I met recently with Danna Holck, Vice President and General Manager, and Noel Davis, Director of HR, to find out how Turtle Bay and Replay accomplished this incredible feat during tough financial times. Here are three key lessons for organizations undergoing a needed cultural transformation:

  1. Listen to your team and your community. Be concerned about their health.

Turtle Bay involved the local community and employees in their transformation. Leaders and managers wanted to hear people’s opinions on how to transform the total scene into one where people have unique onsite experiences every day. Listening creates trust, shows caring, generates support, and builds buy-in for the transformation.  Leaders listened, then acted where it made sense. The organizational structure of Turtle Bay is now relatively flat, so that anyone can make suggestions for improvement. This also allows for better and quicker decision making. Values were created by the employees as well as by the local community, including elders in the community. These are Turtle Bay’s values:

Turtle Bay

MANAWA Time, season, period of time.
ALOHA Affection, compassion, kindness, love, friendship, greeting.
KAMA’AINA Being authentically local, native born, a host, acquainted with, familiar.
HANAI Taking care of our families, treating guests and coworkers as family.
PONO Goodness, proper, moral, righteous.
MALAMA To care for.

I was fortunate enough to have the opportunity to surf with Rocky, Bobby, and Rocky’s dog Hina. What an amazing experience. I could feel the embodiment of these values in my interactions with them, and also the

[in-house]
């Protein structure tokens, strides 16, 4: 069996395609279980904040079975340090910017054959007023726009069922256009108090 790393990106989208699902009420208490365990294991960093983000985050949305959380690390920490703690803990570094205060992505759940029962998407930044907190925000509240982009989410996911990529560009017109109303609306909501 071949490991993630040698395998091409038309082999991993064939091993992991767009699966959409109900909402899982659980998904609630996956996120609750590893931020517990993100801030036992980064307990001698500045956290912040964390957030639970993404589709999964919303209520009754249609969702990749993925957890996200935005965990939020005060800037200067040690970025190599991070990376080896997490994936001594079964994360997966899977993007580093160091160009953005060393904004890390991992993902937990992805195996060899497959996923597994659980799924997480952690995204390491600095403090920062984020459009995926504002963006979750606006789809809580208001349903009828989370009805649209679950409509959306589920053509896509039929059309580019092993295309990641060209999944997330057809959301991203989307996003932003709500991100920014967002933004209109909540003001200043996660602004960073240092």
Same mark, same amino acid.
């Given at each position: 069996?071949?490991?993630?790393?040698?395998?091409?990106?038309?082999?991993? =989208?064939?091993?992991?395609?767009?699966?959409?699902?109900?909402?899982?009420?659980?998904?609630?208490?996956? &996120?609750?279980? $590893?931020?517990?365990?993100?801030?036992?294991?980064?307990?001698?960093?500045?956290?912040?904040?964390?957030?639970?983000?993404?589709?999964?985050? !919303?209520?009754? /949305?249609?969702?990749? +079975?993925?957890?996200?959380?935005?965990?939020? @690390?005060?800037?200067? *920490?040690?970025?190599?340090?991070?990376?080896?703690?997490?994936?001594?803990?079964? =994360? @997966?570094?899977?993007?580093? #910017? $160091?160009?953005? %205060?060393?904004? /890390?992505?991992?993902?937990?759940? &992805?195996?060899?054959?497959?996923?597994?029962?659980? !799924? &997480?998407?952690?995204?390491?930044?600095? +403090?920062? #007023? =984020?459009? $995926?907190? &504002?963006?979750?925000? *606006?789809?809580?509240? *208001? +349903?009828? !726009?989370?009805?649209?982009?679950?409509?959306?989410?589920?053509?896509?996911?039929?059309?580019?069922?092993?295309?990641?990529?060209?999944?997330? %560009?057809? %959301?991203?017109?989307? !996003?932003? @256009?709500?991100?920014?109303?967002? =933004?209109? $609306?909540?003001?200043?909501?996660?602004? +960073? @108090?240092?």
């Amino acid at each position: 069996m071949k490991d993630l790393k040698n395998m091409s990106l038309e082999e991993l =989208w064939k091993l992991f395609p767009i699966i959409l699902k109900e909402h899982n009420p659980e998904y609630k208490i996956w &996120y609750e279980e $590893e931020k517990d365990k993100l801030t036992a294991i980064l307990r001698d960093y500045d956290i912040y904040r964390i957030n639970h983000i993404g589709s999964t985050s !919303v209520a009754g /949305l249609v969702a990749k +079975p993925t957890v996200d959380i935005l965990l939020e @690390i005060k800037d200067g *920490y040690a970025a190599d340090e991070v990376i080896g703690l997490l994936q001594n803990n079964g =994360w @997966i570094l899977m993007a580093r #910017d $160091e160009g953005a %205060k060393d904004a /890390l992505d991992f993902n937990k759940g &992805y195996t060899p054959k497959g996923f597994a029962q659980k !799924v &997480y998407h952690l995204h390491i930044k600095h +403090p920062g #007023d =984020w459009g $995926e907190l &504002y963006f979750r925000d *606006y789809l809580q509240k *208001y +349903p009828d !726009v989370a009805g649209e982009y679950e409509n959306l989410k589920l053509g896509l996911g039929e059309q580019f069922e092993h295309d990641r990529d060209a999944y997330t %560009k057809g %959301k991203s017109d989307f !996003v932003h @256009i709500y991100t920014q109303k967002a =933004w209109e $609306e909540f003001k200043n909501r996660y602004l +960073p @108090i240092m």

respect and responsibility embedded in Rocky. Rocky was initially against Turtle Bay and is now their Experiential Manager really, head of JOYFUL experiences!

Turtle Bay

The results of these values are seen in happier and more-engaged staff, a community that works with the resort instead of against it, happier guests because the joy of the staff is infectious, resulting in better guest experiences, and better financial performance. The health of the community is considered and this has a direct impact on guests.

  1. Commit

Turtle Bay is committed to training and seeing things through. It has low turnover and is a “best workplacTurtle Baye“. Along with its sustainable energy program, with over a third of its power needs coming from its roof-top solar plant, it has lowered cooling costs with a green-living roof.

I met with Manny Crawford, the Facilities Manager to tour the roof-top solar plant and green roof. Boy, does he love his job! Why? He feels valued, listened to, and knows management is committed to doing the right thing.

It also took the Ownership’s money, trust,  and unwavering commitment with significant risk to make the changes happen.